In a letter dated October 26, 1999, the Agency told petitioners and requesters who had pending food additive petitions or TOR exemption requests involving the use of a food contact substance, that the petitioned or requested action might be eligible for premarket notification under section 409(h) of the FFDCA. The sponsors were told that they could consider withdrawing the petition or TOR request and resubmitting it as a PMN. Applied Fabric Technologies, Inc., requested in a letter, dated November 19, 1999, that the TOR exemption request be converted to a PMN.
The types of substances and the uses of such substances under the categorical exclusion in 21 CFR 25.32(j) are the same whether a sponsor submits a food additive petition, a request for exemption from regulation as a food additive under 21 CFR §170.39, or a premarket notification. However, a categorical exclusion for allowing a PMN to become effective is not currently one of the enumerated types of actions listed in §25.32(j). Therefore, we have prepared this Environmental Assessment (EA) for the notification.
2. Environmental Consequences of the Proposed Action
This action involves a FCS to be used as a component of a food-contact surface of permanent or semipermanent equipment or of another food-contact article intended for repeated use. We have found that the very small quantities of substances that could potentially enter the environment from this type of use are highly unlikely to have a significant effect on the environment (61 FR 19476 at 19482, May 1, 1996). The basis for the agency's decision to establish the categorical exclusion in §25.32(j) for food additive petitions is the same basis as would be applicable to PMNs. Therefore, the agency's experience with the food additive petitions that it reviewed to support a categorical exclusion for such actions is relevant to PMNs. These additives ordinarily have limited potential for causing any significant environmental effects as a result of their use and disposal. The principal route for potential environmental introduction of the types of substances included under §25.32(j), whether in a food additive petition or a PMN, results from their disposal after use. The likelihood for significant introductions of substances to the environment due to disposal is very low because of the long service life of food-contact equipment or other repeat-use articles, of which the subject FCS is a component, and the limited market volumes of these substances.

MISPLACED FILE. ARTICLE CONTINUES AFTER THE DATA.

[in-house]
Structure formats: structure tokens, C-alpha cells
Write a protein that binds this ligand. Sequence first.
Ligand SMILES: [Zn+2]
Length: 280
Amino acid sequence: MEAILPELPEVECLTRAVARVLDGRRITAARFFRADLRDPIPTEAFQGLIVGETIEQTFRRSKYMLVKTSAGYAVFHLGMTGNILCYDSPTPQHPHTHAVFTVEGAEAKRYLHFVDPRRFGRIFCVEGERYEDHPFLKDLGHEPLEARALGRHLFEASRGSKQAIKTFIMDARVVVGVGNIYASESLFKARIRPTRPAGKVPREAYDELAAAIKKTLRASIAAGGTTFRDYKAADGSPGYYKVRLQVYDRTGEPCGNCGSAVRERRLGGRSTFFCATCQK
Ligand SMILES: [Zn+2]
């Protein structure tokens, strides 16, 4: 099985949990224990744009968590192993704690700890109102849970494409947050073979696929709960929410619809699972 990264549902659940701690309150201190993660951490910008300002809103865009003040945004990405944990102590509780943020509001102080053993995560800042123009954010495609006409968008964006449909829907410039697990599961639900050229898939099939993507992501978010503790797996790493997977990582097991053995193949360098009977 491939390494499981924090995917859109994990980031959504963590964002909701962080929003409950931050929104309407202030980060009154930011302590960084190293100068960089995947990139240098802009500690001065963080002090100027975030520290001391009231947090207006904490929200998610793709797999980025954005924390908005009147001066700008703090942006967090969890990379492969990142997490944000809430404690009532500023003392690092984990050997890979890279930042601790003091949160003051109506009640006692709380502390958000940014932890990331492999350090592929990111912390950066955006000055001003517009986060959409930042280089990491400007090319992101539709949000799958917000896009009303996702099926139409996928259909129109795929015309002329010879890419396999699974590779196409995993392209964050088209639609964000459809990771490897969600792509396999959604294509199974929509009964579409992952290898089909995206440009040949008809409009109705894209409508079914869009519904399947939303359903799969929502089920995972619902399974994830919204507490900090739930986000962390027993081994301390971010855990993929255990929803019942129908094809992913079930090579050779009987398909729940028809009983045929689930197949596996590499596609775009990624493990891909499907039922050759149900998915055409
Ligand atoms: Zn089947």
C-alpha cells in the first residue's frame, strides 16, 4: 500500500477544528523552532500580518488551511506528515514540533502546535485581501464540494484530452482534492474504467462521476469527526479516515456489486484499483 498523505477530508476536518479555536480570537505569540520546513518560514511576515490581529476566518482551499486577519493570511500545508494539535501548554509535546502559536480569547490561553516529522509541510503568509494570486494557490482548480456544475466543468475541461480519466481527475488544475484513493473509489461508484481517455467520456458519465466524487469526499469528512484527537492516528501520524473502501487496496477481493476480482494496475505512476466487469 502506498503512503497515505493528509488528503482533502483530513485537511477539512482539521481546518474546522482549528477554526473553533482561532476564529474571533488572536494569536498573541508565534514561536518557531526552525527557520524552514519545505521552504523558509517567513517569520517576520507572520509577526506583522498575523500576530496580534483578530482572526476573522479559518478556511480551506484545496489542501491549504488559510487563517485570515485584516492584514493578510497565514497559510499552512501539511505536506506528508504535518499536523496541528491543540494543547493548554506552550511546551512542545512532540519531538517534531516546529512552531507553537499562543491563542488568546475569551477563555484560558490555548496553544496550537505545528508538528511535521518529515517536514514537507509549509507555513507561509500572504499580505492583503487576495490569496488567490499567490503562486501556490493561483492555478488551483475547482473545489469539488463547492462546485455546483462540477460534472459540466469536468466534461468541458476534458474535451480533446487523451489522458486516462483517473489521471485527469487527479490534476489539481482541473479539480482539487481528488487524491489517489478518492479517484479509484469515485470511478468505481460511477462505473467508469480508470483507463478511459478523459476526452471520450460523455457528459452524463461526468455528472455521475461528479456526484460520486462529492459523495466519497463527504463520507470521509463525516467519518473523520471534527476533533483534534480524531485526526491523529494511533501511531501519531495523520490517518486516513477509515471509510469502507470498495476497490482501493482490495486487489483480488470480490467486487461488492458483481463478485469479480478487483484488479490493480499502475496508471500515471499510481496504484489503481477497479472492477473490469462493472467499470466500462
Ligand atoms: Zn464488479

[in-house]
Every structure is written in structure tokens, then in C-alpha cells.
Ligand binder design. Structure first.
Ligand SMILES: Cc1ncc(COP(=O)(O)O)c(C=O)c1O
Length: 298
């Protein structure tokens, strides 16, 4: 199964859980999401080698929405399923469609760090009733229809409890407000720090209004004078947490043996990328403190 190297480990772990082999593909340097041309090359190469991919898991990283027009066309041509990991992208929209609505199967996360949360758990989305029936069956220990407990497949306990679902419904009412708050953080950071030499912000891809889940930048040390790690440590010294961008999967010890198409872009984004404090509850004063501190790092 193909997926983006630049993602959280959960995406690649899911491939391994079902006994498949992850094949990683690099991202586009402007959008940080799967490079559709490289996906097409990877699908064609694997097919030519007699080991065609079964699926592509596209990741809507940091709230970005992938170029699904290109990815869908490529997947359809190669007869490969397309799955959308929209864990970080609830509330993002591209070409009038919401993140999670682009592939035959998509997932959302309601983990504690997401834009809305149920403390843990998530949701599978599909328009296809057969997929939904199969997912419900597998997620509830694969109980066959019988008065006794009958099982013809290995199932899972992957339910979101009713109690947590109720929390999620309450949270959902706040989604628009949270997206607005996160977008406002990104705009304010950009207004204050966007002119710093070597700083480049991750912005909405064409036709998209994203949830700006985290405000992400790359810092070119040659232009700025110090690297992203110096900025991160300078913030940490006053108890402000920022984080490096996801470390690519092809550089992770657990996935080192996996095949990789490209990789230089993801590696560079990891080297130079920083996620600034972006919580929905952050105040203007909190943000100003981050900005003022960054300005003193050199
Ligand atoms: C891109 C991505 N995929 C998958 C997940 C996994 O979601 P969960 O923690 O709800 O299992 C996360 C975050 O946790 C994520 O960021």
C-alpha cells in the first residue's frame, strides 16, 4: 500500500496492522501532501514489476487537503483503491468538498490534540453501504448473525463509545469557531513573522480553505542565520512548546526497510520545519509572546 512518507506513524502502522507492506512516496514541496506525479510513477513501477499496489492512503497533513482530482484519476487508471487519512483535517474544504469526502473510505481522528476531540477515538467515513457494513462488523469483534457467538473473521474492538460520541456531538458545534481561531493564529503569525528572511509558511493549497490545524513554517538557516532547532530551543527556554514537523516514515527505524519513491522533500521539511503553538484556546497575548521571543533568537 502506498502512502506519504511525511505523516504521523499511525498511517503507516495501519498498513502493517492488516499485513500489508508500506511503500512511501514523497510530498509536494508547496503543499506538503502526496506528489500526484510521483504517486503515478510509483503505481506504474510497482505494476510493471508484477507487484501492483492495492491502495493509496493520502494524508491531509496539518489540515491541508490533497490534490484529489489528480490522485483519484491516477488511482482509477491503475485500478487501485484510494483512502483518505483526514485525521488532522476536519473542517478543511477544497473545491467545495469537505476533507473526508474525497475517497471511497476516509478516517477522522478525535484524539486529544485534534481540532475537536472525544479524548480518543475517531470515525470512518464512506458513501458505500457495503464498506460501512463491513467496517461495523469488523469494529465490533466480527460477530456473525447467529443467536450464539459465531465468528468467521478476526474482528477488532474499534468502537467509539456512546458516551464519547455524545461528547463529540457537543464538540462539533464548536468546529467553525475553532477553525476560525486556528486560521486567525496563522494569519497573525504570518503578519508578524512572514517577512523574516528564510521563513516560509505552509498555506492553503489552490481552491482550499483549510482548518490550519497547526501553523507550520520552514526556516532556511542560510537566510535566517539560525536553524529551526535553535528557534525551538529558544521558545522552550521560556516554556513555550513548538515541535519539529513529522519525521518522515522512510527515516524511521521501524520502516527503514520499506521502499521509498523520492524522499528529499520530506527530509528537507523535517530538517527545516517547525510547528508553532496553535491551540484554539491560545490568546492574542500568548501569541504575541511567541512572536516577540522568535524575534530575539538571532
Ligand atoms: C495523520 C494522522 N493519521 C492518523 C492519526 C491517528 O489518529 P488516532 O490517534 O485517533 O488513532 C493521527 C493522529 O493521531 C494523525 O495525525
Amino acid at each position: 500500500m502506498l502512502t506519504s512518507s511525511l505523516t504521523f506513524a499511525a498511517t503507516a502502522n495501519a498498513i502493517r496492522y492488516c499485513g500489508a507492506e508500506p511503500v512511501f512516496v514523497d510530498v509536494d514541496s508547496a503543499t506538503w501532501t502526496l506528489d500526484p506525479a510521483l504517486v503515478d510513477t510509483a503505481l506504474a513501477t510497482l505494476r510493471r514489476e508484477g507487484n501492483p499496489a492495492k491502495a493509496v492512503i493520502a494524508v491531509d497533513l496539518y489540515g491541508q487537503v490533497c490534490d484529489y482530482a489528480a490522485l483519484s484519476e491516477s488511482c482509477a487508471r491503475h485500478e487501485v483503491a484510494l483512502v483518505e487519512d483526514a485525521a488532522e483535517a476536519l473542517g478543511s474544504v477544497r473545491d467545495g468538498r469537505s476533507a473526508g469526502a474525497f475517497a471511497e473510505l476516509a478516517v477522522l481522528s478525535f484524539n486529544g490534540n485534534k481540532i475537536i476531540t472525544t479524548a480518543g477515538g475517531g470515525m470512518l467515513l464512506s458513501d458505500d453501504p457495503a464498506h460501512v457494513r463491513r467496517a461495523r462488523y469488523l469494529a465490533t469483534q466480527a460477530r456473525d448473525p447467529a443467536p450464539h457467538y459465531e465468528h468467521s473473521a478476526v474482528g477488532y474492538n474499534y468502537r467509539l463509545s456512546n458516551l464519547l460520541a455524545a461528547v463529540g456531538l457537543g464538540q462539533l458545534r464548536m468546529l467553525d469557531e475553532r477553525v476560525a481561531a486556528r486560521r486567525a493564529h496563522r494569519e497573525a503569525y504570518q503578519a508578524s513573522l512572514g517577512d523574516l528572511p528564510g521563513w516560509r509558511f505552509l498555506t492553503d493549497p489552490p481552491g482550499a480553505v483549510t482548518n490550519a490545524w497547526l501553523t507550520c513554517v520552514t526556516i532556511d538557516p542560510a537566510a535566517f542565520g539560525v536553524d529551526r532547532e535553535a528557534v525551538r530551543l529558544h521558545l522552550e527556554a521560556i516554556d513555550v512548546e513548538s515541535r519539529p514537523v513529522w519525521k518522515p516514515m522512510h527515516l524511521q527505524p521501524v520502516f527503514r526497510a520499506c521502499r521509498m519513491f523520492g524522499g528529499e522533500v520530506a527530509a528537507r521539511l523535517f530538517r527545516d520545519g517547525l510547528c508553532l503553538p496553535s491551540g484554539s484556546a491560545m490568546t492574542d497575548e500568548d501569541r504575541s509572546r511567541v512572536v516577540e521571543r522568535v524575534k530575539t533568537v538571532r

In the claim of categorical exclusion in the TOR exemption request, the requester certified that no extraordinary circumstances were expected that would require the preparation of an EA. We do not believe that the conversion of this TOR exemption request to a PMN would alter the fact that no extraordinary circumstances are likely to occur as a result of this action.
3. Alternatives to the Proposed Action
Alternatives to the proposed action need not be considered, because no potential adverse environmental effects have been identified.
4. List of Preparers
Hardy J. Chou, Ph.D., Chemist
Environmental Review Team
Division of Product Manufacture and Use
Office of Premarket Approval
Center for Food Safety and Applied Nutrition
Food and Drug Administration